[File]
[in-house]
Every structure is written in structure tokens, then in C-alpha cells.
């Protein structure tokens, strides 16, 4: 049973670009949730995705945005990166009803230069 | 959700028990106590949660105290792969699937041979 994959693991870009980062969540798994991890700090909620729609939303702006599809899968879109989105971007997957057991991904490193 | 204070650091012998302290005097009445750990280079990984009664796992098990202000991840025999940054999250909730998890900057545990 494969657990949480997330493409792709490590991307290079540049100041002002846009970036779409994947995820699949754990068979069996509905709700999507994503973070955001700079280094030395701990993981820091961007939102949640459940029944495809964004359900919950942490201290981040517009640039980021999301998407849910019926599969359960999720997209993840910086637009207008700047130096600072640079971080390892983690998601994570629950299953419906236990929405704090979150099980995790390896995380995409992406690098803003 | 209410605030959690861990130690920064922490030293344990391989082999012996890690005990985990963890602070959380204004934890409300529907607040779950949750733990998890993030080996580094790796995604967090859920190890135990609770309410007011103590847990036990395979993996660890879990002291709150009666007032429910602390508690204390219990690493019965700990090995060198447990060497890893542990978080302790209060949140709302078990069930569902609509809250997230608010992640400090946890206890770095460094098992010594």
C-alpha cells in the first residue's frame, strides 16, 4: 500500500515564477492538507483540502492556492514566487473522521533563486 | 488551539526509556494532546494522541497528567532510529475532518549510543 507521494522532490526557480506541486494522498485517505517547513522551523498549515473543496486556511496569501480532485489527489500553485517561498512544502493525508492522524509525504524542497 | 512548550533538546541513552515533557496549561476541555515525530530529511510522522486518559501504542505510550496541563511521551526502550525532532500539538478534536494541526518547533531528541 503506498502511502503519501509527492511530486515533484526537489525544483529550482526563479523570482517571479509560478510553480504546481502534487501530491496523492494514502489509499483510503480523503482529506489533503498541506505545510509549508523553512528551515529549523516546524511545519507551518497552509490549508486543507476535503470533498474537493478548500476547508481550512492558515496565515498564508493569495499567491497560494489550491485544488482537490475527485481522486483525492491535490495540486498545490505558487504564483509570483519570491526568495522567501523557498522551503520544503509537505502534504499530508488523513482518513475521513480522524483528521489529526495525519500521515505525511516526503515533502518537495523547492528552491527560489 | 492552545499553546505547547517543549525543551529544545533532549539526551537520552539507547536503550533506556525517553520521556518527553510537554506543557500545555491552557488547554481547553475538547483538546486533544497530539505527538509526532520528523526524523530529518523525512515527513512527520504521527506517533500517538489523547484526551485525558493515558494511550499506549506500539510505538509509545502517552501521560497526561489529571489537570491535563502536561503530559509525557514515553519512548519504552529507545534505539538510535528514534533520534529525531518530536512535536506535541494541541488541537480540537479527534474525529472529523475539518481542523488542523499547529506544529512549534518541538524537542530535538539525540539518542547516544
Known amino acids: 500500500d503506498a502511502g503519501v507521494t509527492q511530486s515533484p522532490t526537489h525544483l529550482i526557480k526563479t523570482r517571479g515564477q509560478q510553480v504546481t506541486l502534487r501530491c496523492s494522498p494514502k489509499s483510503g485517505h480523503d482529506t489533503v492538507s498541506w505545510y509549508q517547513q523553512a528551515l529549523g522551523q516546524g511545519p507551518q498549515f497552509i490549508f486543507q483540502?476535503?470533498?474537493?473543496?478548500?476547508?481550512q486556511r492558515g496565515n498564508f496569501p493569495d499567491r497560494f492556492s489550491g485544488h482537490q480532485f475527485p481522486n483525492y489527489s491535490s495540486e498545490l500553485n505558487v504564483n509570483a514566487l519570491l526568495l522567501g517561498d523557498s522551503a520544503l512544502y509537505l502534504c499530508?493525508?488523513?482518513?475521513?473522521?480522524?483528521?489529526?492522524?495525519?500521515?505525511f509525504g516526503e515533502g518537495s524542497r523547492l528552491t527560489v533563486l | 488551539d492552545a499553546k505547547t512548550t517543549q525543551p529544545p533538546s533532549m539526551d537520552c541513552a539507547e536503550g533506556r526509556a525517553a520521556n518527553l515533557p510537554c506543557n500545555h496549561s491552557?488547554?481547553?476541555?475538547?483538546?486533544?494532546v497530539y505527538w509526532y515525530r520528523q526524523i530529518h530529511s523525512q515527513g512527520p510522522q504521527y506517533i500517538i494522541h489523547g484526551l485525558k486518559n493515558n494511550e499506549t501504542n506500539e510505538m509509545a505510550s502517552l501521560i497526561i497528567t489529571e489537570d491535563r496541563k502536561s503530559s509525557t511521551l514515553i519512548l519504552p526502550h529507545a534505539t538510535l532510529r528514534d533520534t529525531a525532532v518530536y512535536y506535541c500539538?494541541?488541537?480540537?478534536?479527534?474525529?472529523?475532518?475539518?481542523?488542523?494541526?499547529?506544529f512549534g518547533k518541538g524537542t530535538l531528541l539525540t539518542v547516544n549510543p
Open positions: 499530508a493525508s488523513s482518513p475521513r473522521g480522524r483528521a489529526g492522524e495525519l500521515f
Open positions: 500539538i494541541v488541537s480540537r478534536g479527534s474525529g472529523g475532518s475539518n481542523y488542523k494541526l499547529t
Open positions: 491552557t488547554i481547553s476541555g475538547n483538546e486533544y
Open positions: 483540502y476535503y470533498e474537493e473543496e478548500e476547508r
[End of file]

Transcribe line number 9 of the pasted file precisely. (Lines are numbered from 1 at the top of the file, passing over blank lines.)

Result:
Open positions: 483540502y476535503y470533498e474537493e473543496e478548500e476547508r